Is there a Concordance between CHA2DS2 VASc and HAS-BLED Scores in Middle Eastern Patients with Nonvalvular AF? Analysis of the Jordan Atrial Fibrillation (JoFib) Study

Mohamad I. Jarrah1, *, Nasr Alrabadi2, Karem. H. Alzoubi3, 4, Qasim N. Mhaidat5, Ayman Hammoudeh6
1 Department of Internal Medicine, Interventional Cardiology, Faculty of Medicine, Jordan University of Science and Technology, Irbid, Jordan
2 Department of Pharmacology, Faculty of Medicine, Jordan University of Science and Technology, Irbid, Jordan
3 Department of Pharmacy Practice and Pharmacotherapeutics, University of Sharjah, Sharjah, UAE
4 Department of Clinical Pharmacy, Faculty of Pharmacy, Jordan University of Science and Technology, Irbid, Jordan
5 Faculty of Medicine, Jordan University of Science and Technology, Irbid, Jordan
6 Department of Cardiology, Istishari Hospital, Amman, Jordan

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© 2022 Jarrah et al.

open-access license: This is an open access article distributed under the terms of the Creative Commons Attribution 4.0 International Public License (CC-BY 4.0), a copy of which is available at: This license permits unrestricted use, distribution, and reproduction in any medium, provided the original author and source are credited.

* Address correspondence to this author at the Division of Cardiology, Department of Internal Medicine, Faculty of Medicine, Jordan University of Science and Technology, Irbid, Jordan; E-mails:,



Nonvalvular Atrial Fibrillation (NVAF) is a common arrhythmia that potentially contributes to stroke and systemic embolization. Anticoagulants may contribute to the risk of bleeding in these patients. Reports of NVAF on Middle Eastern populations are scarce and outdated. This study investigated the concordance between congestive heart failure, hypertension, ≥75 years of age, diabetes mellitus, stroke or transient ischemic attack, vascular disease, 65 to 74 years of age group, sex category (CHA2DS2 VASc), and Hypertension, Abnormal Renal/Liver Function, Stroke, Bleeding History or Predisposition, Labile INR, Elderly, Drugs/Alcohol Concomitantly (HAS-BLED) scores, and the risks of stroke and bleeding in Jordanian NVAF patients.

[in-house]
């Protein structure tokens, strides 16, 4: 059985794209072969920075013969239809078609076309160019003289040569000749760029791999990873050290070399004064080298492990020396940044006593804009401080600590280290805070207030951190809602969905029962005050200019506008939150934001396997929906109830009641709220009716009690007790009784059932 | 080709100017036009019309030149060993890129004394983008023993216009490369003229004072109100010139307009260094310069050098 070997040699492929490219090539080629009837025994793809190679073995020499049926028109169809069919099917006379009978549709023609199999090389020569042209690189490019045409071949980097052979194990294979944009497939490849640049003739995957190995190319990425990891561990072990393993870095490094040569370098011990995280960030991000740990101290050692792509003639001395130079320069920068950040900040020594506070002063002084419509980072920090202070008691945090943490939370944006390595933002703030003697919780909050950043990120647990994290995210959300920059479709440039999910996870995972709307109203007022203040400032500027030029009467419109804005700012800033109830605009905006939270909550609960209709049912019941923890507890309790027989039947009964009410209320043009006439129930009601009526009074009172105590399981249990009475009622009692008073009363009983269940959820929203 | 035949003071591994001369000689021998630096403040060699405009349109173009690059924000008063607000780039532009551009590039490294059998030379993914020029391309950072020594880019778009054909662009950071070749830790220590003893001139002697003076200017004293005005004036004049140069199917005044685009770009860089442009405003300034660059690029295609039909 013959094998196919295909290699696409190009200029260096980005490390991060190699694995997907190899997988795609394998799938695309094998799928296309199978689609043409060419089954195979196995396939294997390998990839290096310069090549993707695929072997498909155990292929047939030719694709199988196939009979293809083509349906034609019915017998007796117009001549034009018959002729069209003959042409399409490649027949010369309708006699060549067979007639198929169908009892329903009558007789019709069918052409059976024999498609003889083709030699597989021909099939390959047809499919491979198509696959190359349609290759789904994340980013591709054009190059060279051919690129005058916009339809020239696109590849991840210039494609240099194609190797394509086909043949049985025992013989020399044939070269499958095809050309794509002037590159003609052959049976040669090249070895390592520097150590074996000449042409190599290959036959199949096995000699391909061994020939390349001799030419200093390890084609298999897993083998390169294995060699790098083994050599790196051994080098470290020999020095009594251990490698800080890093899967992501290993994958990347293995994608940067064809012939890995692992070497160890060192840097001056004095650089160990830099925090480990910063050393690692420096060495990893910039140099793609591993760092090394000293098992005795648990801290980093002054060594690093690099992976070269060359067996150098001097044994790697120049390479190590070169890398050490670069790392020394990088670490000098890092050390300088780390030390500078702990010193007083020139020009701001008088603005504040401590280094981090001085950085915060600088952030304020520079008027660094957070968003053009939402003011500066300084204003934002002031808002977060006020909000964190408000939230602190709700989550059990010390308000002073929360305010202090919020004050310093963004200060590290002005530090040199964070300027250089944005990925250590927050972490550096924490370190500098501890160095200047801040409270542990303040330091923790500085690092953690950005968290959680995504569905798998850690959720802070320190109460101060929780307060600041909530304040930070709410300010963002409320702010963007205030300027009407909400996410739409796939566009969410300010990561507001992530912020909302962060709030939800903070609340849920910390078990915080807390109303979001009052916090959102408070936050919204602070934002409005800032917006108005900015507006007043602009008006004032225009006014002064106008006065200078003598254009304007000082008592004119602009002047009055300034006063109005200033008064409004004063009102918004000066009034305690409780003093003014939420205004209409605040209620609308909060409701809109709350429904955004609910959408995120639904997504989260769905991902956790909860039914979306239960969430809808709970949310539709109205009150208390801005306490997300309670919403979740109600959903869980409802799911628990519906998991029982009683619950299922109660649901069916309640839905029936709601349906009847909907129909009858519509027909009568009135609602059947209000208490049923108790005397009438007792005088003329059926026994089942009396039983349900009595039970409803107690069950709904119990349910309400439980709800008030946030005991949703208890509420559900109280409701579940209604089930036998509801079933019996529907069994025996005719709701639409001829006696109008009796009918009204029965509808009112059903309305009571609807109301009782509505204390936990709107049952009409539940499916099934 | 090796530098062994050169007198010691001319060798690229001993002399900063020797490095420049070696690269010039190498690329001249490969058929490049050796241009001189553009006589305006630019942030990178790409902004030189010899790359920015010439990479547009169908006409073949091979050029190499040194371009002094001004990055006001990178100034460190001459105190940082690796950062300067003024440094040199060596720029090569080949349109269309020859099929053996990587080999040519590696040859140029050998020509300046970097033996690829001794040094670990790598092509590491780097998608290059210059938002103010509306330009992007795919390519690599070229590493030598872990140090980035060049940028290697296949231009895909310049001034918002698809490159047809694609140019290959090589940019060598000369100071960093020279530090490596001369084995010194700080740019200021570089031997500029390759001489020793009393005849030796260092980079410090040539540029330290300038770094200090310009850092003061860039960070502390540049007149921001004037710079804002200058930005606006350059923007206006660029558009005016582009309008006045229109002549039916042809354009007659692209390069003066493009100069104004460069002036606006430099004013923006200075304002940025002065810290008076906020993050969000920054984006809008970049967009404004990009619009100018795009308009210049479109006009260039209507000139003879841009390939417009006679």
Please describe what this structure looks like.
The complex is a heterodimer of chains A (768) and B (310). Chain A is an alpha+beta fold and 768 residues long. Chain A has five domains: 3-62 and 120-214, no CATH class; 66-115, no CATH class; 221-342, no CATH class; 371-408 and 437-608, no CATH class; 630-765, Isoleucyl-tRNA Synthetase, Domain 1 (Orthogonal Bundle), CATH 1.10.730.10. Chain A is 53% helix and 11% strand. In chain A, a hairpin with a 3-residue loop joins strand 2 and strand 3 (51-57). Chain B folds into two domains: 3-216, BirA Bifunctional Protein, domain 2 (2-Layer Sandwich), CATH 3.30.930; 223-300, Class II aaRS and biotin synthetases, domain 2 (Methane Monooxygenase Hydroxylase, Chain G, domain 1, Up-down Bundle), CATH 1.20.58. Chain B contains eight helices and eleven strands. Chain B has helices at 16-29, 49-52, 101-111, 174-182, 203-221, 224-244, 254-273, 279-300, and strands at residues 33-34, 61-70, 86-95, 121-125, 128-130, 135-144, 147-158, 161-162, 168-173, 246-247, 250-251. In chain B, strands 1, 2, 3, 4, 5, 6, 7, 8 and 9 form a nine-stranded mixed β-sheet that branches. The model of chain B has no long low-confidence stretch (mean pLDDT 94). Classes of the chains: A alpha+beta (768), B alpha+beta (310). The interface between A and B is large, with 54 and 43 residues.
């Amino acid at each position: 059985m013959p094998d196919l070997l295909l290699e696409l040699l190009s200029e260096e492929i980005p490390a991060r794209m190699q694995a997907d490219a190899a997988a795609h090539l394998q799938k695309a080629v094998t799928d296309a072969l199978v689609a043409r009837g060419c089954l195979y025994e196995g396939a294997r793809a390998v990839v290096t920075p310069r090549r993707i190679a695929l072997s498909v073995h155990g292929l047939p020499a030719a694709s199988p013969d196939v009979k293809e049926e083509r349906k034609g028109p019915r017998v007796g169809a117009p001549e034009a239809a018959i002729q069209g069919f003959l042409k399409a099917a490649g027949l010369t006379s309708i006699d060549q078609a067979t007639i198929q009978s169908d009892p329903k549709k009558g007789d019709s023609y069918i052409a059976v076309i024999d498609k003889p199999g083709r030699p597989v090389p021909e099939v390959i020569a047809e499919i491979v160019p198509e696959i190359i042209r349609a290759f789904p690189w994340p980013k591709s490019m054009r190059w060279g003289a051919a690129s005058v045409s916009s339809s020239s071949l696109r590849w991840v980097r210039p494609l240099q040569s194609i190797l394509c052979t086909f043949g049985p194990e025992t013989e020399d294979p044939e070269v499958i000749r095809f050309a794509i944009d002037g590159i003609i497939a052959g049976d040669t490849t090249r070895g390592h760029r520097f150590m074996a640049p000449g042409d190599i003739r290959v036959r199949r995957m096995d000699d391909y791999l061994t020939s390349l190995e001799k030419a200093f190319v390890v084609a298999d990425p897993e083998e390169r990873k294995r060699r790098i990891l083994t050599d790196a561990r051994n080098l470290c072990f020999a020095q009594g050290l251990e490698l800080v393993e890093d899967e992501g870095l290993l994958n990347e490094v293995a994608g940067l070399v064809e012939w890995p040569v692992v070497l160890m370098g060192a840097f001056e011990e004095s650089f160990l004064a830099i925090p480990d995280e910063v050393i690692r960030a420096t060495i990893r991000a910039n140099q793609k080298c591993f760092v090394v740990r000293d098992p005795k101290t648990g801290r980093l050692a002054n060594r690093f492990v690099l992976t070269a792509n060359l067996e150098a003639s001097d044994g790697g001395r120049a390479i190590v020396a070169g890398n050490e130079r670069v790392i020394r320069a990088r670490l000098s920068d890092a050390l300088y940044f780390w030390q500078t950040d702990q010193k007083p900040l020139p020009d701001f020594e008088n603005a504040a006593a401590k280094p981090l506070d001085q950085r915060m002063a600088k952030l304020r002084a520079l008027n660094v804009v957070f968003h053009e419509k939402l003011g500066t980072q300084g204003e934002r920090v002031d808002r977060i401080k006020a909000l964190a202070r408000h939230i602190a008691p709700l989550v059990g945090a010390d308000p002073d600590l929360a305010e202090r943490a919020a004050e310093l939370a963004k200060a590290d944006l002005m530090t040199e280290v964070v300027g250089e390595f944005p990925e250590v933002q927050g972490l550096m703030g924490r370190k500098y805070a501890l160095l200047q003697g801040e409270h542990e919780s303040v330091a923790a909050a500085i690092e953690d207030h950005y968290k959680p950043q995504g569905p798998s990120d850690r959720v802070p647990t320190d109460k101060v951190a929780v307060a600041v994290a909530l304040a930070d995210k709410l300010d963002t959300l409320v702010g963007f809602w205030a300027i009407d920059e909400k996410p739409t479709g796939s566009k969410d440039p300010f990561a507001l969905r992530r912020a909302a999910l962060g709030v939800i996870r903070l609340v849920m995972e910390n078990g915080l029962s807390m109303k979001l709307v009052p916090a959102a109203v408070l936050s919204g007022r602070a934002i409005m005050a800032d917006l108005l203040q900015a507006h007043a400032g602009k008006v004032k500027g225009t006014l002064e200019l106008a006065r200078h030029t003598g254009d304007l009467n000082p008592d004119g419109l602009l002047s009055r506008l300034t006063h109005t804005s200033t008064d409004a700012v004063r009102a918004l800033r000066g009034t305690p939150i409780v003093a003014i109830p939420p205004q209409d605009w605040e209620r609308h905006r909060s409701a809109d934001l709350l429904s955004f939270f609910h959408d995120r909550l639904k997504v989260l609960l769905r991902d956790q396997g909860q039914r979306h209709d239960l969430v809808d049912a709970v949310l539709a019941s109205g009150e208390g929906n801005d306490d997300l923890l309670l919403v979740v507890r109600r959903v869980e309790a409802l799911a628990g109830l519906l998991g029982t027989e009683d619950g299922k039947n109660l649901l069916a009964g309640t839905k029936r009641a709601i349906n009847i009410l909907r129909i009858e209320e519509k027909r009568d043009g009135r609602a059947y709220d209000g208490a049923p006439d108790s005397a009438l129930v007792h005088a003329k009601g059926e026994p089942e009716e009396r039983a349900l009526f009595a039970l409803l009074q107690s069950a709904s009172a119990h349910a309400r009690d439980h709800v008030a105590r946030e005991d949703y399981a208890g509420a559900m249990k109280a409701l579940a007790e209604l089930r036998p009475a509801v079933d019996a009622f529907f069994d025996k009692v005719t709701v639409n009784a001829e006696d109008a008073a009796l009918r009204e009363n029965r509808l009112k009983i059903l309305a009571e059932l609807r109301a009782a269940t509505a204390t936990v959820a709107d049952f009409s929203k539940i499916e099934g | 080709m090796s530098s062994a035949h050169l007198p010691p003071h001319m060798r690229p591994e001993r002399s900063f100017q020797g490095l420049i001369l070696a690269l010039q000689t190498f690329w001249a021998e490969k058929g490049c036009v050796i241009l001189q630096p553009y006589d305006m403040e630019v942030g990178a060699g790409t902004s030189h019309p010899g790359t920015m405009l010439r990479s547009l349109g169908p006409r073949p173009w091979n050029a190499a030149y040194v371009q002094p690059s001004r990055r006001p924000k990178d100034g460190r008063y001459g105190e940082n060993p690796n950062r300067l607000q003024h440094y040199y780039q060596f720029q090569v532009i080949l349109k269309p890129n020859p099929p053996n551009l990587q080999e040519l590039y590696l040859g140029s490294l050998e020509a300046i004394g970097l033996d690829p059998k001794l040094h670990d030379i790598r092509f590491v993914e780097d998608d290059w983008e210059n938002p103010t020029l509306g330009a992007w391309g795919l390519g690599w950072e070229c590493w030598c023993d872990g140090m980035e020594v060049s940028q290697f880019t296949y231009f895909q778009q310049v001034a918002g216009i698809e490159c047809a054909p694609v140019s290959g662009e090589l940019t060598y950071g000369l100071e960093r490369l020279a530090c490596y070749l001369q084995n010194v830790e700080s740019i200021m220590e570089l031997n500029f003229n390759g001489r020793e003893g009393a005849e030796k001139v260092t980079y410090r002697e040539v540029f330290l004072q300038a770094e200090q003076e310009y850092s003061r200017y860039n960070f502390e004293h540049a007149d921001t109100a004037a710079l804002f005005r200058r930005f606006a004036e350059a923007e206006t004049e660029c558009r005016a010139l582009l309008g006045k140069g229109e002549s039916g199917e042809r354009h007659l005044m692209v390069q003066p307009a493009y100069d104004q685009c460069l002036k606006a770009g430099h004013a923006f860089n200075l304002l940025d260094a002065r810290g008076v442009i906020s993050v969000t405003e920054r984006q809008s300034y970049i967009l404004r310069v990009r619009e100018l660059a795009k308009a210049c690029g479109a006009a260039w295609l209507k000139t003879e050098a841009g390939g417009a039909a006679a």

Results were extracted from the Jordan Atrial Fibrillation (JoFib) multicenter registry (NCT03917992). To assess the risk of stroke, a CHA2DS2 VASc score was used. The HAS-BLED score was used to assess the risk of bleeding. Subgroup analysis for males and females was carried out.


We included 1823 NVAF patients, almost equally distributed among males and females. The overall mean age was 68.2 years. Most patients had a body mass index (BMI) ≥ 25 (71.5%). Almost half of the patients were smokers, 45.5% had diabetes, and 76.3% had hypertension. Paroxysmal AF was the most common subtype (38%), followed by the permanent (28.6%), long-standing (17.3%), and persistent types (16.1%). Females had a significantly higher CHA2DS2 VASc score than males (p=0.012). For the risk of bleeding, 48.9% of patients had a low risk, 31.5% had intermediate risk, and 19.6% had a high risk. A correlation was found between the two scoring systems. Out of the 357 patients who had a high HAS-BLED score, 354 (99.2%) patients also had a high CHA2DS2 VASc score.


In almost all NVAF patients with a high risk of bleeding (high HAS-BLED score), the use of anticoagulants is highly recommended and strongly indicated according to the CHA2DS2 VASc score stratification. Therefore, strict strategies of well-controlled administration of anticoagulants should always be considered and followed in Middle Eastern patients with NVAF and a high risk of bleeding.

Keywords: Atrial fibrillation, CHA2DS2 VASc, HAS-BLED, Concordance, Middle Eastern, Patients.